China, he noted, has “been at peace” since he normalized relations with Beijing in 1979. Since then, Carter said, the U.S. has spent trillions on military conflict, while China has invested similar amounts in high-speed rail, new college campuses and other infrastructure. He told Emory freshmen he’s not “favorably” comparing China’s human rights record, but rather emphasizing the costs of war.
Carter hasn’t backed anyone in the Democratic presidential primaries, even as some candidates call on the former president to do so. But he says reelecting President Trump would be “a disaster.”
He disclosed that he voted for Bernie Sanders, a democratic socialist, over the establishment favorite Hillary Clinton in the 2016 Democratic primary. This time, Carter cautions Democrats not to go too far left, warning that an embrace of single-payer, government-run health insurance could cost the party votes among moderates and independents. That would seem to rule out Sanders and another progressive favorite, Elizabeth Warren.
But Carter said he would like to see a woman as president, and made a notable observation on age, saying he couldn’t have managed “the duties I experienced when I was president” when he was 80 years old. That could be seen to nix not only Sanders, 78, but the more moderate former Vice President Joe Biden, who is 76. Warren is 70.
Two long-shot candidates who apparently fit Carter’s stated priorities for the party are Mayor Pete Buttigieg of South Bend, Ind., a 37-year-old who was born after Carter’s presidency ended, and Minnesota Sen. Amy Klobuchar, a moderate who is close to Carter’s vice president, fellow Minnesotan Walter Mondale. Both have visited Carter since declaring their candidacies.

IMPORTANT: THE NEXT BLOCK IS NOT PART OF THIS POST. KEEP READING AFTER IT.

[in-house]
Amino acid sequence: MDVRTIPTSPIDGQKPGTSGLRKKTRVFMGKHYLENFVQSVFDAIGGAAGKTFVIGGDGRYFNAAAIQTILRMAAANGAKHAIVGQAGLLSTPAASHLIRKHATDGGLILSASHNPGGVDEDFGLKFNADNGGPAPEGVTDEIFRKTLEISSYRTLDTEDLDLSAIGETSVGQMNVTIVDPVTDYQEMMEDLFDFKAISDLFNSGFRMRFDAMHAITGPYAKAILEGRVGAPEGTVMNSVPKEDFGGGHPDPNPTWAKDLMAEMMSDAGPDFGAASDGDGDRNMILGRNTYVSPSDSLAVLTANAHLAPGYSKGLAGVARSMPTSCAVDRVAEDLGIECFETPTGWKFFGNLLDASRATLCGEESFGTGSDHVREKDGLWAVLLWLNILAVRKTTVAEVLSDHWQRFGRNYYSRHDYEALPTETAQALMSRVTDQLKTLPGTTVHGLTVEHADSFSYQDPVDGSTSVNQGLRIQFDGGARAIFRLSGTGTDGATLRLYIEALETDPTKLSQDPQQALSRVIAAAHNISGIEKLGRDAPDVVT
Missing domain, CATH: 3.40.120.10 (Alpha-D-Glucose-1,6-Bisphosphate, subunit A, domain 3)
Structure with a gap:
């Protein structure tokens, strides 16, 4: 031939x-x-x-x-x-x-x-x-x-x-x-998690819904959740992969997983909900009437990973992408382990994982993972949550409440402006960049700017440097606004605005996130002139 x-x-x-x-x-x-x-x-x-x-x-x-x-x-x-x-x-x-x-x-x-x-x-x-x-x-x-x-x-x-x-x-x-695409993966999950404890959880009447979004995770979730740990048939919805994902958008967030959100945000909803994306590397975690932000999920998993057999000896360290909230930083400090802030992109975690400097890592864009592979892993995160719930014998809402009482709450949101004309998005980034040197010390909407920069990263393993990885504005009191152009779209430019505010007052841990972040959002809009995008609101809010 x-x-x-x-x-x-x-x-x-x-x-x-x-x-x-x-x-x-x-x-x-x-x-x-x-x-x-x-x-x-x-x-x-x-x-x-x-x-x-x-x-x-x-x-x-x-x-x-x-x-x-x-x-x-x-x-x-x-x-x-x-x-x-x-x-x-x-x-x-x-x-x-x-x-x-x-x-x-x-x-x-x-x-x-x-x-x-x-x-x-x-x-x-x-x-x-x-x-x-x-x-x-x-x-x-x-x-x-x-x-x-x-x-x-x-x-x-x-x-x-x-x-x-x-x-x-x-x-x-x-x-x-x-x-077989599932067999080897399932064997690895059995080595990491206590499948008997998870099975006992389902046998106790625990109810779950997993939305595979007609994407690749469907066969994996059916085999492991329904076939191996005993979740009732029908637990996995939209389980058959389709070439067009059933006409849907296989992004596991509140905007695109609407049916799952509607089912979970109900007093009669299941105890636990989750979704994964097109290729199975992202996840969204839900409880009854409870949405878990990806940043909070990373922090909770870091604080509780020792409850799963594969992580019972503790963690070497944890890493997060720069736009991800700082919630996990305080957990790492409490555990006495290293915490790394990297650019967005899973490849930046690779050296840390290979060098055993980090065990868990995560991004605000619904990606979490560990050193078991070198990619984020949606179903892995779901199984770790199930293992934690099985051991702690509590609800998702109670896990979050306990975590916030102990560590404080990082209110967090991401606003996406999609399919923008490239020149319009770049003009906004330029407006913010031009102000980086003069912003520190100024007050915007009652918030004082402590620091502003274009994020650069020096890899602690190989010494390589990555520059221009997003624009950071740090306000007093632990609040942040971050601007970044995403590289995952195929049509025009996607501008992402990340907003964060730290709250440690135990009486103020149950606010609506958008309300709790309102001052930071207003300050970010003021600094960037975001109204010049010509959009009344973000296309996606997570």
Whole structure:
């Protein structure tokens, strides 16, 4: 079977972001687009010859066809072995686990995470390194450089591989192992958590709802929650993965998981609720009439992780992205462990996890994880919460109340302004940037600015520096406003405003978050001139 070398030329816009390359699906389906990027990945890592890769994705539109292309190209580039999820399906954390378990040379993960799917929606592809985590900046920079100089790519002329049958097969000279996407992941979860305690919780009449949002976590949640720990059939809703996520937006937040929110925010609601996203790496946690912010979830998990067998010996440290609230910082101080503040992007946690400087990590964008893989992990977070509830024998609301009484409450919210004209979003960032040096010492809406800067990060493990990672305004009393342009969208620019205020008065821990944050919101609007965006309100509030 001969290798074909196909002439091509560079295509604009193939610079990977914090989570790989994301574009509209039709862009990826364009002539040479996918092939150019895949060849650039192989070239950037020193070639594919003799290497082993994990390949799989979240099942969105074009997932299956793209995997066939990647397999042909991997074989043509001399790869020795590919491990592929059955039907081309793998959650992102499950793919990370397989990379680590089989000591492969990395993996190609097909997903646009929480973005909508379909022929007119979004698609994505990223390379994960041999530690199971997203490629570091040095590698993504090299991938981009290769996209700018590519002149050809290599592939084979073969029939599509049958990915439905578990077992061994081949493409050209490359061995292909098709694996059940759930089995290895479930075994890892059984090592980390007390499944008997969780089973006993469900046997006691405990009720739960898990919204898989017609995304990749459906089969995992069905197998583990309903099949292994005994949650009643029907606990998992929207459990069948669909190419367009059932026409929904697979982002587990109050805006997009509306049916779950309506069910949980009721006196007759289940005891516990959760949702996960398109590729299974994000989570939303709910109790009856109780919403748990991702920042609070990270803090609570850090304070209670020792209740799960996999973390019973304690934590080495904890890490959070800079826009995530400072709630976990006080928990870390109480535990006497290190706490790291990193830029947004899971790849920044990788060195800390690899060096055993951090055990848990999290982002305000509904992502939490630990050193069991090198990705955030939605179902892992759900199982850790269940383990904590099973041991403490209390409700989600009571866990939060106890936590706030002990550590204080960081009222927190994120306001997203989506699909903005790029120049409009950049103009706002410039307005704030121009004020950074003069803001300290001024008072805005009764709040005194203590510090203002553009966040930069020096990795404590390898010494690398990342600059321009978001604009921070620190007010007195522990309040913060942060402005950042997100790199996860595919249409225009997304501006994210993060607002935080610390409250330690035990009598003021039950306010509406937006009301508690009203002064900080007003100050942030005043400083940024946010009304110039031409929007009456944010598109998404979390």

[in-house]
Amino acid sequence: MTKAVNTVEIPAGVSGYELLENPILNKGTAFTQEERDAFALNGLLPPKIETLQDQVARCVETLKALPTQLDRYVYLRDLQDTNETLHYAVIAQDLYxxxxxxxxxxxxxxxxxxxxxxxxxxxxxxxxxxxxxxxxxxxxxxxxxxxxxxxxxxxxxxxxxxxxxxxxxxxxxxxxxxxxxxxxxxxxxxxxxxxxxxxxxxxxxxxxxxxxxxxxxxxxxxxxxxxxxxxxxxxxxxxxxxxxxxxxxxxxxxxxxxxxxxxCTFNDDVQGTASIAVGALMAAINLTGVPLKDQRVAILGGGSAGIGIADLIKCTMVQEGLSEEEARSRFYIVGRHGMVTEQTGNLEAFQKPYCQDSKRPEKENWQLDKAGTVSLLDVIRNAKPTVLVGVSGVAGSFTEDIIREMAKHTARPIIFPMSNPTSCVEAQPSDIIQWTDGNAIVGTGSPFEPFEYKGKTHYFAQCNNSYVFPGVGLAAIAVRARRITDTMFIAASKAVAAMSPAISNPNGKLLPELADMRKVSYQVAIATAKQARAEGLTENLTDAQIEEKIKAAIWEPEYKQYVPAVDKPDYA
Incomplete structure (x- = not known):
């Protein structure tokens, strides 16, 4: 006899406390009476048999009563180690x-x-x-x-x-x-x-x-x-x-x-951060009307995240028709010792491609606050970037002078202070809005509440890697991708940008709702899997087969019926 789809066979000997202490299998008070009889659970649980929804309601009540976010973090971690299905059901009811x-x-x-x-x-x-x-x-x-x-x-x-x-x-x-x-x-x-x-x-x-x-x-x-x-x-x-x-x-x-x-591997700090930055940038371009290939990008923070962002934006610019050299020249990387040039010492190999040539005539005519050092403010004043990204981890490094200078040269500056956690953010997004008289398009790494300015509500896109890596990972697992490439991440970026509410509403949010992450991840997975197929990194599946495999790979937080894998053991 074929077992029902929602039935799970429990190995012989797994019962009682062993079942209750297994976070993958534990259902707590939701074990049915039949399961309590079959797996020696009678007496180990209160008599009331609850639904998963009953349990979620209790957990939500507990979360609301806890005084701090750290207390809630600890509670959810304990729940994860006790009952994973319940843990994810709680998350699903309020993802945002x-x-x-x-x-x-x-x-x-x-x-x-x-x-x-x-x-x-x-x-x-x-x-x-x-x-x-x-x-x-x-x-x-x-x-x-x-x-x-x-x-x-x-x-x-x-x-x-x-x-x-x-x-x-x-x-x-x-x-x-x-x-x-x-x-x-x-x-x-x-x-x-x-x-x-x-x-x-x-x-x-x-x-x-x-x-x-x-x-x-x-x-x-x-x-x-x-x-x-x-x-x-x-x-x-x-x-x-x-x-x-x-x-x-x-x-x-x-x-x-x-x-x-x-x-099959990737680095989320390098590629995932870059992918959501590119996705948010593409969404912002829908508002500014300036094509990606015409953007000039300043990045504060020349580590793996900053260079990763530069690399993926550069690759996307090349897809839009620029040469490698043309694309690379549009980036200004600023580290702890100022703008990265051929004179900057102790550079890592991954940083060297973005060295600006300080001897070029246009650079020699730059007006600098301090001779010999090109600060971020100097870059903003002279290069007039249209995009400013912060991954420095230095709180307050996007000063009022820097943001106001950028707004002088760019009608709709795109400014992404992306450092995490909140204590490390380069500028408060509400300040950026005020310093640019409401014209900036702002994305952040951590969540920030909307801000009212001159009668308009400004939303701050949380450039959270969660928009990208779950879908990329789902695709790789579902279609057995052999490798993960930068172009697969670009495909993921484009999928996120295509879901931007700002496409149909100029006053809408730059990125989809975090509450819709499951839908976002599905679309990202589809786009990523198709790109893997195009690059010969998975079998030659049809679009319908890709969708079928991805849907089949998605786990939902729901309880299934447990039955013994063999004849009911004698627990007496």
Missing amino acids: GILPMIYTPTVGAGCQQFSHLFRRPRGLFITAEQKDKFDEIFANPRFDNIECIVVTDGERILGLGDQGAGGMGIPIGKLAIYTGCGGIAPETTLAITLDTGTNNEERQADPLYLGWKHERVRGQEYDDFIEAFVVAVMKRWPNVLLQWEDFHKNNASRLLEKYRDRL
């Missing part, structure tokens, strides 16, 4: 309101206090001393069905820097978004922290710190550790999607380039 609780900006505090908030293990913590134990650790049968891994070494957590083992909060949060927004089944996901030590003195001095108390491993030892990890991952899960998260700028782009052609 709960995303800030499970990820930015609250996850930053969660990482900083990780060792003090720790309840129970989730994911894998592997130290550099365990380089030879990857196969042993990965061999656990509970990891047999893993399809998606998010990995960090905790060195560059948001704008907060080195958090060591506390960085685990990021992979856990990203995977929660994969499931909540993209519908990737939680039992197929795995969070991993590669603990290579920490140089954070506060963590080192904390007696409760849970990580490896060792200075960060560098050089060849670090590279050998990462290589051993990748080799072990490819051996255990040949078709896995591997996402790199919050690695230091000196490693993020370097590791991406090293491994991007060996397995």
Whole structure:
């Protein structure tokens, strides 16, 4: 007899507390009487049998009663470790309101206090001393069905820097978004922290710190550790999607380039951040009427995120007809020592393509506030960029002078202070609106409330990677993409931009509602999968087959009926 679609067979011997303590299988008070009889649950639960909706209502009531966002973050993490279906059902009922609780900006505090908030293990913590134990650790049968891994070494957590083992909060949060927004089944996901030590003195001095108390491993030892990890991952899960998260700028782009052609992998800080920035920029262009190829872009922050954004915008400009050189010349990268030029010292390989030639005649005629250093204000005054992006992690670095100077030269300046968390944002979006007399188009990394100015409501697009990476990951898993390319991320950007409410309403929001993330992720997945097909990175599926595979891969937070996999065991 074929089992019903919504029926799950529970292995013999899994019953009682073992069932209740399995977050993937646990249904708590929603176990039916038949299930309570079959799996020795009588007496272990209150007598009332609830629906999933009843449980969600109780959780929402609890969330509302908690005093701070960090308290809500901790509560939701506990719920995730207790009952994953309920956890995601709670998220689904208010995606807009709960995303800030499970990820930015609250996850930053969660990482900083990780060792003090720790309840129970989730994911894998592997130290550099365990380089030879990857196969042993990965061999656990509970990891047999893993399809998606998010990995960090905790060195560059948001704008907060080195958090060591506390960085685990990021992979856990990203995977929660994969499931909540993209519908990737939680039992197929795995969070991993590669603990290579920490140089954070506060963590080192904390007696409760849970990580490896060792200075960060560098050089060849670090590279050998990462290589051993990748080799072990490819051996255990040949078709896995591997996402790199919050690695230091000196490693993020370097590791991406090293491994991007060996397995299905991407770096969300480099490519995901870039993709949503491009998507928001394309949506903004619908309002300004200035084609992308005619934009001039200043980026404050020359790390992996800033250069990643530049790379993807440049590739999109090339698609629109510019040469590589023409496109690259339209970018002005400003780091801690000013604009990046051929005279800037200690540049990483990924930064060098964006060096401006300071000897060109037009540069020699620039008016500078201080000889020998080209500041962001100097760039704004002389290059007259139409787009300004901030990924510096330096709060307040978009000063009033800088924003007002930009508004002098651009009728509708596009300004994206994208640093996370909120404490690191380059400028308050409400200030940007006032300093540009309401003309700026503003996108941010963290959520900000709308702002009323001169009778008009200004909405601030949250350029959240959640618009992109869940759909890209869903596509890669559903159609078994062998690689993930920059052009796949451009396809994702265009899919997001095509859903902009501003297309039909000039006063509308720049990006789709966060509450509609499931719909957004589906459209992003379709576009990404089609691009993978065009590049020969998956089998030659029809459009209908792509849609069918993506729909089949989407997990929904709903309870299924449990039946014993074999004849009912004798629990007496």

Carter has given no indication that he will endorse, making clear only that he’ll be “voting Democratic” in the general election.
While he matter-of-factly declares his intentions to vote next fall, Carter also talks with the realism of a nonagenarian, born when the world population was quarter of what it is today and the life expectancy of American men was 58 years.
He noted he’s often said he wanted to live long enough to announce the end of Guinea worm disease, a parasitic infection attributed to poor drinking water. There were 3.5 million cases in 21 countries in 1986, when the Carter Center began its eradication program. In 2018, there were 28 cases worldwide.
A year later, Carter expresses disappointment over an outbreak of the disease among dogs, with new human cases in Chad, Angola and Cameroon. Researchers from multiple universities, he said, are “trying to figure out what to do about it.”
Meanwhile, the former president told a rapt Carter Center audience that they might have heard his final annual report, because he plans to start devoting more time to his family.
“This may be our last conversation with you,” Carter said. “We may or may not have one next year.”
Must-read stories from the L.A. Times
Get the day's top news with our Today's Headlines newsletter, sent every weekday morning.
You may occasionally receive promotional content from the Los Angeles Times.